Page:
3 Ways to Build Vocabulary at the Dinner Table
Dinnertime at our house is one of my favorite parts of the day. It's a time when we all come back together and share our successes and challenges. Lately, I've been using our meal as an opportunity to help our kids build their vocabulary.
Here are three activities you can try with your own family to help your child learn new words. There is very little preparation involved, making it easy and convenient to do.
1. Use the Word
Write vocabulary words on slips of paper and keep them in a jar or basket on the dinner table. You could use words that your child is studying in school, or pull a few words from books you are reading to him. Each night, choose one word from the word basket and read it aloud. Define the word in kid-friendly terminology. For example, if the word is flexible, a kid-friendly definition would be, "something that is flexible moves or bends easily without breaking." If you start with something that or someone who, you will be on the right track.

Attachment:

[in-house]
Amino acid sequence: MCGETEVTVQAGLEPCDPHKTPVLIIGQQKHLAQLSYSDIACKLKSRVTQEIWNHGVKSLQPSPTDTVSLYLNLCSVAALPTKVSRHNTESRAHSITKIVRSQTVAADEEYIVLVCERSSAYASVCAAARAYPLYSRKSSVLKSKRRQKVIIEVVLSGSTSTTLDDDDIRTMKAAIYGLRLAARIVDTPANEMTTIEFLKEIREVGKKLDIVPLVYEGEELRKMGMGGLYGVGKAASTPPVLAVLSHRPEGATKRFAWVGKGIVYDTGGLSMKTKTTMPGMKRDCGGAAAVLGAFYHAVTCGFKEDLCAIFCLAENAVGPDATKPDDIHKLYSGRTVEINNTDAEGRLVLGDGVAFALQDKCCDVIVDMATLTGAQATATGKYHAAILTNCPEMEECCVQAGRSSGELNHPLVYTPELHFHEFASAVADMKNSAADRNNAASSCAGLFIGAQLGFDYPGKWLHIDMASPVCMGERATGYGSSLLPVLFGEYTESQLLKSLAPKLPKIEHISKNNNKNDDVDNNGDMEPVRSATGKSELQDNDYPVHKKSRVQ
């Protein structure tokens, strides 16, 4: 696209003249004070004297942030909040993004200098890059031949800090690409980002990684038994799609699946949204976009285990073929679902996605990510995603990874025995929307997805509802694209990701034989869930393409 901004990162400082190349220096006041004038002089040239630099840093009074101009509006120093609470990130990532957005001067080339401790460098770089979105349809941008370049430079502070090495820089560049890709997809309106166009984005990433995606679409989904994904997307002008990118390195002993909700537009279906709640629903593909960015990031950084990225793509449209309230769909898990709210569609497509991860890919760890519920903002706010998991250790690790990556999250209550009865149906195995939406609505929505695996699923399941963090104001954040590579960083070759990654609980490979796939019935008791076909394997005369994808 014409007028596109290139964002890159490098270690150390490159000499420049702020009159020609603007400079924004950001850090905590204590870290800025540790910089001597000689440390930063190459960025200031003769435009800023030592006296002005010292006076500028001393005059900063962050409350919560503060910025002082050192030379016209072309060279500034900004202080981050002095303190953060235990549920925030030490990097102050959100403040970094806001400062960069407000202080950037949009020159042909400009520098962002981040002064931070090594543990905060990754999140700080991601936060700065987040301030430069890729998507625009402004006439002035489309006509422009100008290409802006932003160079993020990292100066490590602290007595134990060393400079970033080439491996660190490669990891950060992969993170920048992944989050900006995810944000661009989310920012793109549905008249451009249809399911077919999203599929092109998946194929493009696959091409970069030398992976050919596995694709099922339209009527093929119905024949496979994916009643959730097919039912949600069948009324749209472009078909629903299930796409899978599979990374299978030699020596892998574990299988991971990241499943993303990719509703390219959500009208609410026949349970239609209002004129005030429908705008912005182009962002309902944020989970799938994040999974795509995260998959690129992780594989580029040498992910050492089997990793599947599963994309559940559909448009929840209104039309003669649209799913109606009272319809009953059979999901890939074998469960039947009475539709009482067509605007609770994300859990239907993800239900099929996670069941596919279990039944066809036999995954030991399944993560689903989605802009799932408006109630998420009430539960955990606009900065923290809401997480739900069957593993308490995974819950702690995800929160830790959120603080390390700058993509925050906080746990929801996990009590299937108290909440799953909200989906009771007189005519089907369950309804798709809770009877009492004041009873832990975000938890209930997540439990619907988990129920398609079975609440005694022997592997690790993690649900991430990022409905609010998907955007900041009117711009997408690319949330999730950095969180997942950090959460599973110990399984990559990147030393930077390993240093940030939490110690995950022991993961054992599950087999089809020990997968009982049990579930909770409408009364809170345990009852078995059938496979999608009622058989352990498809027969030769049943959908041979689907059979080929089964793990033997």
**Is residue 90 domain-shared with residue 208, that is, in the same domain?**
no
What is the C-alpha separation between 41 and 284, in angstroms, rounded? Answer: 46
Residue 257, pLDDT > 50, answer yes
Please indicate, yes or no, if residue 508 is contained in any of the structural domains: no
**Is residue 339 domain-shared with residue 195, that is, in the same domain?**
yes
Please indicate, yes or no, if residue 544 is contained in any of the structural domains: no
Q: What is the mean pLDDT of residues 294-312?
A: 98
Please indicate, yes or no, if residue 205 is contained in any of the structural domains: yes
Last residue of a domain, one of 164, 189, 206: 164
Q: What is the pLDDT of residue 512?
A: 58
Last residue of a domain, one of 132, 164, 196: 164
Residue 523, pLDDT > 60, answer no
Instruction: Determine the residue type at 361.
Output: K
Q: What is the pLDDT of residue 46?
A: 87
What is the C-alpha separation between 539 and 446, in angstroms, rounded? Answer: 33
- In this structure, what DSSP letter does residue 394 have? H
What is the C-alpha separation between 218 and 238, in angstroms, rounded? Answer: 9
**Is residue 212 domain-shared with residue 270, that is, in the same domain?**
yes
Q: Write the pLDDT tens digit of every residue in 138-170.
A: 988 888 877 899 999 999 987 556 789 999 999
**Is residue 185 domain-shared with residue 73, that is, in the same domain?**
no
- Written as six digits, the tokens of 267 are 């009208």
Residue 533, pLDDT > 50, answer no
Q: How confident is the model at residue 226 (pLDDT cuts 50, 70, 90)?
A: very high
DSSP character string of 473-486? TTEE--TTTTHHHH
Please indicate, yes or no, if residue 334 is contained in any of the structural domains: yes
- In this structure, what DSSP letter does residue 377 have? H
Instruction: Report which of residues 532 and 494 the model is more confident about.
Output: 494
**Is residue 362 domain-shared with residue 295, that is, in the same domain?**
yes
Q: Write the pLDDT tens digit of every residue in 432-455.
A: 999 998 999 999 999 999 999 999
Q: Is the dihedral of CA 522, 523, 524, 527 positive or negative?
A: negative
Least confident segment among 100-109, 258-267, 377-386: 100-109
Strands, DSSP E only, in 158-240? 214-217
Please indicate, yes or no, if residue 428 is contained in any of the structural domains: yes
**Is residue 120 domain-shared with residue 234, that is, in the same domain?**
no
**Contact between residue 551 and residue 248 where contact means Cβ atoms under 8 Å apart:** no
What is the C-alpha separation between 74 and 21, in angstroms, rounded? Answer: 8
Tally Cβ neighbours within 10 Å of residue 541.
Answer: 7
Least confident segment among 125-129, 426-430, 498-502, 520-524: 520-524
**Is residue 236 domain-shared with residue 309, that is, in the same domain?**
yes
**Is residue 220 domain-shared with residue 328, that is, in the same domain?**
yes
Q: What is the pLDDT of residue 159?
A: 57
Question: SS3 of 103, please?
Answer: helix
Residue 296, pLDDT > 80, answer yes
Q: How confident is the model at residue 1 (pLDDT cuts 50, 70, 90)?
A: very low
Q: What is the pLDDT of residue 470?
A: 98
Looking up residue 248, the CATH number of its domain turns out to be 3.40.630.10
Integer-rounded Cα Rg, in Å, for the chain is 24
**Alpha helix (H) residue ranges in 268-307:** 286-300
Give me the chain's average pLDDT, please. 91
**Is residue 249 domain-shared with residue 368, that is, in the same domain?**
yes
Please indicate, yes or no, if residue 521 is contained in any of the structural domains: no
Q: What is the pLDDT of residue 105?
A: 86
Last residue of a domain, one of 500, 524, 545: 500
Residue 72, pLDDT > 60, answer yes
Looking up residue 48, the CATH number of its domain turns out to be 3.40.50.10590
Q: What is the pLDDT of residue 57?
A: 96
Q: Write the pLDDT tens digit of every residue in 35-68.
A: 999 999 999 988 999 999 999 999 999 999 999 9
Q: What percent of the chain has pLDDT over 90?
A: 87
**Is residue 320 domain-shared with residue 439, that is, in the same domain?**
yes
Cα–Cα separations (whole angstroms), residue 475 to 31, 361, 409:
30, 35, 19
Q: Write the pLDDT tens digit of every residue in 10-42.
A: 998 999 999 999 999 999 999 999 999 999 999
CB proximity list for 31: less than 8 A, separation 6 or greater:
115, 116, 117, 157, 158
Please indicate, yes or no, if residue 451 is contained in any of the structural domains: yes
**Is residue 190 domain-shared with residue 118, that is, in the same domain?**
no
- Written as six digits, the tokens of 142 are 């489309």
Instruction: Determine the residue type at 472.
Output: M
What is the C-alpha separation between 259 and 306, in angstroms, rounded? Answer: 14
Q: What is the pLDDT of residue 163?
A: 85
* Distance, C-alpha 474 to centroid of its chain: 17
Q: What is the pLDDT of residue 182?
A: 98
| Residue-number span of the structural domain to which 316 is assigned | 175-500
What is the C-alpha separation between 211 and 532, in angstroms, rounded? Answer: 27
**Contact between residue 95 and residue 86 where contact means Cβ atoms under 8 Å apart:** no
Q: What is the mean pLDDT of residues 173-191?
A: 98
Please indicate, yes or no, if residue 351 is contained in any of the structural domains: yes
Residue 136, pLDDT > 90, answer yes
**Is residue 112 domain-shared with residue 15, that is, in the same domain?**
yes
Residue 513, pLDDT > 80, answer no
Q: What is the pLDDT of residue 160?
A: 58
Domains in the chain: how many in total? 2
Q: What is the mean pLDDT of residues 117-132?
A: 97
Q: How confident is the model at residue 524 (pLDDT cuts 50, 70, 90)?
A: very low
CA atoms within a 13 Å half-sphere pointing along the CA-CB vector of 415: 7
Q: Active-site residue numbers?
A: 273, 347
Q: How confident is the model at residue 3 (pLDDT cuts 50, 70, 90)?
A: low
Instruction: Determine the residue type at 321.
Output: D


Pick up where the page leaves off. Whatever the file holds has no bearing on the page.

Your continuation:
Then, each person at the table takes a turn naming something that is flexible or not flexible. On my turn, I could say, "A rope is flexible." Or I might say, "My pencil is not flexible." Continue around the table giving lots of examples and non-examples of the given vocabulary word.
2. How Many Can You Name?
In this activity, one person names a category — such as fruits, zoo animals, or things shaped like squares. Then taking turns, each person names a word that fits in that given category. If the category is "things shaped like squares," possible answers could be windows, books, or sticky notes. Switch categories when no one else can add a word to the named category.
3. Draw the Word
To extend the activity above, you could also play Draw the Word. Have some blank sheets of paper or a pad next to each place setting. In my family, we like to cover our table with butcher paper before setting it for dinner. You could add a container of crayons or markers as the centerpiece. After dinner, select one vocabulary word from the word basket. Again, talk about the word in kid-friendly language. Then, each of you will illustrate the word on the paper. Everyone around your table should take a turn explaining their drawing.
I hope you are inspired to spend a little extra time at the dinner table talking with your child about new words. It's a great way to build his vocabulary and bond as a family.
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